-- This movie was so bad that I gave it some genuine consideration for the very bottom spot. Of course, "Batman & Robin" was probably the worst movie ever made so its spot was safe, but still, the fact that Jonah Hex actually made me think about it is a victory in itself, since I never thought I'd see anything approach B&R in my lifetime. The biggest thing going in JH's favour is that it's a purer failure. I can buy the fact that, during the making of B&R, Joel Schumacher or some of the cast and crew might've bought into the concept and thought they were actually making a fun, tongue-in-cheek comic book movie. With Jonah Hex, I find it hard to believe that this was considered to be a good idea at any point during its production. The screenwriters must've thought it was half-assed, the studio felt they had to go ahead with production because of deadlines, the director was just trying to get a credit, the cast had already spent their paycheques, etc. Truly a horrific film all-around and very worthy of the fact that it was a tremendous box office disaster.
48. The League of Extraordinary Gentlemen
47. Wolverine
-- The best part of Wolverine occurs in the first five minutes, when we see the montage of the near-ageless Wolverine and Sabretooth fighting in various wars through the 20th century. After that, holy crap, does this thing fall off a cliff.
46. Fantastic Four
45. Superman IV
44. Superman III
43. Hulk
42. Blade Trinity
41. X-Men 3
40. The Green Hornet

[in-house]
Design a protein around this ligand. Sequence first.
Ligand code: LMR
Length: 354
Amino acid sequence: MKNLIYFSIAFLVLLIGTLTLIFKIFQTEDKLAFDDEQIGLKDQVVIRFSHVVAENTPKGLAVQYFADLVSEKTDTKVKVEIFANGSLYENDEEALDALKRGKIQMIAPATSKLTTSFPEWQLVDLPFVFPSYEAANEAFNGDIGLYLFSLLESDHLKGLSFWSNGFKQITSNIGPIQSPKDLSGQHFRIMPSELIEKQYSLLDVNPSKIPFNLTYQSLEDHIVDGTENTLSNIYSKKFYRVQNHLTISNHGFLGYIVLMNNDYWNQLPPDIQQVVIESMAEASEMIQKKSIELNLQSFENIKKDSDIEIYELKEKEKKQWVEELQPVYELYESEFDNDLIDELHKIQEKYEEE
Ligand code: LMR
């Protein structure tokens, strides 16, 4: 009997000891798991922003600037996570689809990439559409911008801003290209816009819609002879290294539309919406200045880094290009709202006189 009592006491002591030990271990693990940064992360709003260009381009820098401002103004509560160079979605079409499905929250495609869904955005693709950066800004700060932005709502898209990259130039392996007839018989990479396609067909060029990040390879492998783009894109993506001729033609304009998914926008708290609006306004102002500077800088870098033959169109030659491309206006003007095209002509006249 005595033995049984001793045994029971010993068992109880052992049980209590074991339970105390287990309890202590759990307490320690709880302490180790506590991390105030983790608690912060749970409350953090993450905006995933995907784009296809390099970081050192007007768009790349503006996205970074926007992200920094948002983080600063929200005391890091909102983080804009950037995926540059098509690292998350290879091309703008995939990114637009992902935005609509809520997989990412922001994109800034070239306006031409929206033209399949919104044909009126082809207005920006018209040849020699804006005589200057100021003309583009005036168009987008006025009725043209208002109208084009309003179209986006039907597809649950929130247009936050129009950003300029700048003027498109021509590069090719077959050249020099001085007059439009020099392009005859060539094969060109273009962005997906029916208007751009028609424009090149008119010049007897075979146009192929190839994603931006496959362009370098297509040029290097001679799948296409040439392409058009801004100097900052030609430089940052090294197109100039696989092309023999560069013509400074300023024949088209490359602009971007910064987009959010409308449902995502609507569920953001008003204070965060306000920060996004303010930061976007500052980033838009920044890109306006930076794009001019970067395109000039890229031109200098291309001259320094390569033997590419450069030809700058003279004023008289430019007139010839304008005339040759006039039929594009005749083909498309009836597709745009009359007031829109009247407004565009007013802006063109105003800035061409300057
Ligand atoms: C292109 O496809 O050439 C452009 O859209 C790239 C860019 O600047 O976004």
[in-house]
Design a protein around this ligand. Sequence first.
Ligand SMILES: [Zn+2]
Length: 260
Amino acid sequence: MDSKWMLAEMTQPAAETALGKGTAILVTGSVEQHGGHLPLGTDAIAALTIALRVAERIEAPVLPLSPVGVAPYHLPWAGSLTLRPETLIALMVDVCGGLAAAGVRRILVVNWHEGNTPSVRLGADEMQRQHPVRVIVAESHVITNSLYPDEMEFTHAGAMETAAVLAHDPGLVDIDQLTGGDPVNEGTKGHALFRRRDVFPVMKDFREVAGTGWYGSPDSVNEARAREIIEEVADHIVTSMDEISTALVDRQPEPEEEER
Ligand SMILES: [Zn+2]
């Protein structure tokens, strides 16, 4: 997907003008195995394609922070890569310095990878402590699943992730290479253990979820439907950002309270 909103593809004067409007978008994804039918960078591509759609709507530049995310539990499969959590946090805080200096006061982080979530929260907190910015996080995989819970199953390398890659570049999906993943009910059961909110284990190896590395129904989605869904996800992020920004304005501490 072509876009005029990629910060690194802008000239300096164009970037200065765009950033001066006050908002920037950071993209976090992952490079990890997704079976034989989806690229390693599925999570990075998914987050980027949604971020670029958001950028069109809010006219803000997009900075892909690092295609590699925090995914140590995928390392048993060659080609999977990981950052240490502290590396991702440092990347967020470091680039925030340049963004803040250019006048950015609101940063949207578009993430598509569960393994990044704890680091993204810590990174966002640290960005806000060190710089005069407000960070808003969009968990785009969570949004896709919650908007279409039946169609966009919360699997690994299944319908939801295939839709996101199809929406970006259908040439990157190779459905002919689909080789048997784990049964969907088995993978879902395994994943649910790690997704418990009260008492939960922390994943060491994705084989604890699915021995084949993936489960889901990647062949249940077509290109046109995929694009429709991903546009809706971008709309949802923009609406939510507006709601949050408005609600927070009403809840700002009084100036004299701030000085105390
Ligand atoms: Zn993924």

-- I just don't get why this movie wasn't witty. It tries to be funny, in the sense there are jokes and Christoph Waltz's character is a joke himself, but there's no tongue-in-cheek wit whatsoever in Green Hornet. It's baffling since Seth Rogen actually co-wrote the thing and, more importantly, even the original Green Hornet show was very aware of itself as being a silly Batman ripoff. Also, Cameron Diaz is at least a decade too old to be playing the sexy love interest in….well, anything.
39. Daredevil

38. Punisher: Warzone -- The original Tom Jane Punisher movie is a guilty pleasure, but this one, yikes. To save you the time, here's every kill in the film, helpfully put together in a YouTube montage. (#40 is inarguably the best, and a genuinely funny scene.) Fun fact: I saw this movie before I saw 'The Wire,' so sadly this was my first impression of Dominic West. He gives a GOD-AWFUL performance in this movie. Just terrible. He plays Jigsaw as the Joker, if the Joker was a swaggering Bronx tough guy. West was so bad and it took me at least three episodes into The Wire to stop hating Jimmy McNulty. Not that McNulty is an inherently loveable character anyway, but still.